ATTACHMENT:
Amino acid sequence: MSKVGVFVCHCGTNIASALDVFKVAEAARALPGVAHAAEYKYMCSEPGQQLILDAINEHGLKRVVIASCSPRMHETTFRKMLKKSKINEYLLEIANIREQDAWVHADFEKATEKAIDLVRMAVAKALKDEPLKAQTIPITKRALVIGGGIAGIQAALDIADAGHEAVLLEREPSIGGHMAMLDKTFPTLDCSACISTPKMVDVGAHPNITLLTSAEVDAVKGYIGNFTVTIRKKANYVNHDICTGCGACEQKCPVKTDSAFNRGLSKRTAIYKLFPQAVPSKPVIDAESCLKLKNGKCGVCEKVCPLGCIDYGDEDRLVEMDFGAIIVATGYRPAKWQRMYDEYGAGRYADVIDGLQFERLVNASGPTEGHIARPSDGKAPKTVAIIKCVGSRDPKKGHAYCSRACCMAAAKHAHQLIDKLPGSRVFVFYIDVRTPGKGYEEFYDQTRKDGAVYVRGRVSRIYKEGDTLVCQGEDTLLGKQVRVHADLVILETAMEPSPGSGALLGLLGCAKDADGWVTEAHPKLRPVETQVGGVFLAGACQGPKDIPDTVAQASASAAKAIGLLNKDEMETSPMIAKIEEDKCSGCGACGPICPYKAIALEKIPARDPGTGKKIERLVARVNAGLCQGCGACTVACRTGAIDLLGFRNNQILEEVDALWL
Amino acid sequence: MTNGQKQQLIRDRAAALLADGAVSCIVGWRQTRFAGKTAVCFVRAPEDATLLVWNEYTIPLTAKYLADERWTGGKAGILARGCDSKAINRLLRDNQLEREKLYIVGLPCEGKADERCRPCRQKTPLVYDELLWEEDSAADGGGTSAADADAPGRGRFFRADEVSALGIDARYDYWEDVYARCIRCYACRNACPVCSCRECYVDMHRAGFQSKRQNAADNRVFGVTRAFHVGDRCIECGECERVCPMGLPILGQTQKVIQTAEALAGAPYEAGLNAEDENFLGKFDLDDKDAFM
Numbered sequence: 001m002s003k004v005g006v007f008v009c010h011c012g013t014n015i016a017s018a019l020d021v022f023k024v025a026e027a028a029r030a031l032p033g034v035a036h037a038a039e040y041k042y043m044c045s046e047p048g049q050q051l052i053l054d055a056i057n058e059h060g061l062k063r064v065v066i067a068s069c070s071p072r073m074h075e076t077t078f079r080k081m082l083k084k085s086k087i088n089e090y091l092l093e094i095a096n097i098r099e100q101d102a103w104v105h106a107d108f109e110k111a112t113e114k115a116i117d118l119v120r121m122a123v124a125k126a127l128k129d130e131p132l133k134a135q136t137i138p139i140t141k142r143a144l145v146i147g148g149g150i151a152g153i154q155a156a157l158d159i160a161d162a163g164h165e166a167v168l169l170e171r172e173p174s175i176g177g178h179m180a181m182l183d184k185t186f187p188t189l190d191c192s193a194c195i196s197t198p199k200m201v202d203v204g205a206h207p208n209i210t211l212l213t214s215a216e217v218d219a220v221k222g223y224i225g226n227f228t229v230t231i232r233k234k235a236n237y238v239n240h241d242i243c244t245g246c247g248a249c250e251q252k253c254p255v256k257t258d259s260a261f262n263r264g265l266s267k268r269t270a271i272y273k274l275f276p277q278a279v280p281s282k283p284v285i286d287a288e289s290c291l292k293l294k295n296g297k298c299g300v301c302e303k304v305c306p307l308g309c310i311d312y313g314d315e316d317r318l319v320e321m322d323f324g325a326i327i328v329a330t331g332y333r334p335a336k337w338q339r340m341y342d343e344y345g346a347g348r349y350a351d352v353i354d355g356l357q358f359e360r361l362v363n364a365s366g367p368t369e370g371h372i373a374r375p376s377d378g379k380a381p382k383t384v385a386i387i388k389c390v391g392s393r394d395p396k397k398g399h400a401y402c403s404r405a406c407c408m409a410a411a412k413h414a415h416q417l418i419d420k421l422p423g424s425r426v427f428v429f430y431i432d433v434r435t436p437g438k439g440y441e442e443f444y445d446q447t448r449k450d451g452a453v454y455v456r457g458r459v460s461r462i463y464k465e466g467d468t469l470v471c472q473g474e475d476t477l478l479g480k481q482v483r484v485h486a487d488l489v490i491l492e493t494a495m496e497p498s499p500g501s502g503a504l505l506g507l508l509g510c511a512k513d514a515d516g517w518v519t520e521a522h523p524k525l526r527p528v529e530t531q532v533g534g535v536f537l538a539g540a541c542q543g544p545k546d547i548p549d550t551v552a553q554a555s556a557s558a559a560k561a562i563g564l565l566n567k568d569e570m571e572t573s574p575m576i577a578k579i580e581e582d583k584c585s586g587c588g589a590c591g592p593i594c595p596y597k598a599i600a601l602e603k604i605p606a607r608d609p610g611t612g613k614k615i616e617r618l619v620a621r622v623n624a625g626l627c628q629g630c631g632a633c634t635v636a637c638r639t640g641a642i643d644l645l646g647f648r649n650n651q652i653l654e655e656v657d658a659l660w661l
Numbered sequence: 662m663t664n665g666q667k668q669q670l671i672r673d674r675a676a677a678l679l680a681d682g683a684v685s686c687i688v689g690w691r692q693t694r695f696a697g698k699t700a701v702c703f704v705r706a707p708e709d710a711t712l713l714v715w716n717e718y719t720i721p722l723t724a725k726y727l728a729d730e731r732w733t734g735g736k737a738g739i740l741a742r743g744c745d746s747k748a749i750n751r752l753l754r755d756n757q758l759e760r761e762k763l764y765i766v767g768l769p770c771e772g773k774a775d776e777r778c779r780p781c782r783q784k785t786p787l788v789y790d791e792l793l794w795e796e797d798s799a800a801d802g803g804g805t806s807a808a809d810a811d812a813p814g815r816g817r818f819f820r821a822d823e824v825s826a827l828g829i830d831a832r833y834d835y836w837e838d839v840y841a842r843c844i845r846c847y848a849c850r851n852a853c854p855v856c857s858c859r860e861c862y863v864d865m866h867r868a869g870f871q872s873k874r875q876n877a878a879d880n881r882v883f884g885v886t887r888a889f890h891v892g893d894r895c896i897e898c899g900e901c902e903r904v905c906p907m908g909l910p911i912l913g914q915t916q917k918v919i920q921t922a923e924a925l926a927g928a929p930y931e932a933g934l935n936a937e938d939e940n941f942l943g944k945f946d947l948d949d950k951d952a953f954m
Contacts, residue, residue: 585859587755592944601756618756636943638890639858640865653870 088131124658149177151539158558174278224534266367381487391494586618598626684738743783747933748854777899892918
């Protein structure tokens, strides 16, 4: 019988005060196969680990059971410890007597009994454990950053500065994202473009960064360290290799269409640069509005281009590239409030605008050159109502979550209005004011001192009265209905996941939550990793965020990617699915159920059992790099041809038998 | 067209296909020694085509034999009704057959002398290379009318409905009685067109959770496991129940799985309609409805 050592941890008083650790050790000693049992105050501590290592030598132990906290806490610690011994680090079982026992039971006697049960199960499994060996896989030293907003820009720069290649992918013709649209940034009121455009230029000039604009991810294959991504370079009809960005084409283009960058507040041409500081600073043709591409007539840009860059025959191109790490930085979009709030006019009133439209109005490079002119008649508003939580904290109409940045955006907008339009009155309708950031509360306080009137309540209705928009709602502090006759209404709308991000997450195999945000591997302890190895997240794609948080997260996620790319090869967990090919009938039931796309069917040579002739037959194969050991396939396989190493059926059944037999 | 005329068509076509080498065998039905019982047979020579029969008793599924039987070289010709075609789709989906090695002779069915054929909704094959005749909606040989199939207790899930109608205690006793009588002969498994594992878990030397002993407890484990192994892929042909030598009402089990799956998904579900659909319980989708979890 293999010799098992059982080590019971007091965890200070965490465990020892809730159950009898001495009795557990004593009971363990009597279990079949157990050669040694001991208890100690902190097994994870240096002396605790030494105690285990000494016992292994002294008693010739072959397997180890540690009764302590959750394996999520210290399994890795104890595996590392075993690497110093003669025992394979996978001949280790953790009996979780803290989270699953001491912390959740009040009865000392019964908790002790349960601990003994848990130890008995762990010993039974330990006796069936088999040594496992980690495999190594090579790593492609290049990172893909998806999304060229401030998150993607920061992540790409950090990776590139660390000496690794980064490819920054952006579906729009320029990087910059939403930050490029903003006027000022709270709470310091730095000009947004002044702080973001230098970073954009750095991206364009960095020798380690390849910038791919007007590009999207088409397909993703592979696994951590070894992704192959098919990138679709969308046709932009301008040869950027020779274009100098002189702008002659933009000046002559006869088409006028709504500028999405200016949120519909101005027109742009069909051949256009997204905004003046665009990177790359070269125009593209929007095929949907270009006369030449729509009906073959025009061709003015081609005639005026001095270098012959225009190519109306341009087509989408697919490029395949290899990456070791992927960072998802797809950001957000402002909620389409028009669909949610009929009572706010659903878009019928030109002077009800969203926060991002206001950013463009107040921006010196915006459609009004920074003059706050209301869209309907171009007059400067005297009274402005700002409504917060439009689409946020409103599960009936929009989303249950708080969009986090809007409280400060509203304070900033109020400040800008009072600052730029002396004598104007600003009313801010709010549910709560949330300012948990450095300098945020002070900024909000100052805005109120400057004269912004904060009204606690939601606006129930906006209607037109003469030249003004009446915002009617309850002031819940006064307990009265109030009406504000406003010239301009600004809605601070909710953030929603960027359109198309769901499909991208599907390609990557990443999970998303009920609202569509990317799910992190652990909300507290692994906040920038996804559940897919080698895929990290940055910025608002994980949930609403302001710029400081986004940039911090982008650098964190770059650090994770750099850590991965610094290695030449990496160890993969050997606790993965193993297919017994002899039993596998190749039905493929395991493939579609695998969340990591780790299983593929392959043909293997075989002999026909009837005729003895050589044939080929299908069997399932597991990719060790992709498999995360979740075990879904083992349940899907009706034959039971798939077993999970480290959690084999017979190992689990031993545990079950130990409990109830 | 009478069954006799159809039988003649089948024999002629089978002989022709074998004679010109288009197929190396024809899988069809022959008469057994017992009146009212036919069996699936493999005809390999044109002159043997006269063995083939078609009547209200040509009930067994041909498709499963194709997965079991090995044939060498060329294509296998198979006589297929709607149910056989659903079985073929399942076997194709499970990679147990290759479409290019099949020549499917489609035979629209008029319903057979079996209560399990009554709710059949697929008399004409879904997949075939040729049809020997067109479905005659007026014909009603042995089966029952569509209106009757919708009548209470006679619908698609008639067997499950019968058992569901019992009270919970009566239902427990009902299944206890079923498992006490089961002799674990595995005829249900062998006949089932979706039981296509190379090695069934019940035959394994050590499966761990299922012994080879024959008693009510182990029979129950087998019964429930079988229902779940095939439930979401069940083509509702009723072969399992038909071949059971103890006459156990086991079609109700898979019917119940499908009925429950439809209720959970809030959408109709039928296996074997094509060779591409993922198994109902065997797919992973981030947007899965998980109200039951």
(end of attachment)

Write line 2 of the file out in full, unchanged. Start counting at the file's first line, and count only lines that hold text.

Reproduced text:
Amino acid sequence: MTNGQKQQLIRDRAAALLADGAVSCIVGWRQTRFAGKTAVCFVRAPEDATLLVWNEYTIPLTAKYLADERWTGGKAGILARGCDSKAINRLLRDNQLEREKLYIVGLPCEGKADERCRPCRQKTPLVYDELLWEEDSAADGGGTSAADADAPGRGRFFRADEVSALGIDARYDYWEDVYARCIRCYACRNACPVCSCRECYVDMHRAGFQSKRQNAADNRVFGVTRAFHVGDRCIECGECERVCPMGLPILGQTQKVIQTAEALAGAPYEAGLNAEDENFLGKFDLDDKDAFM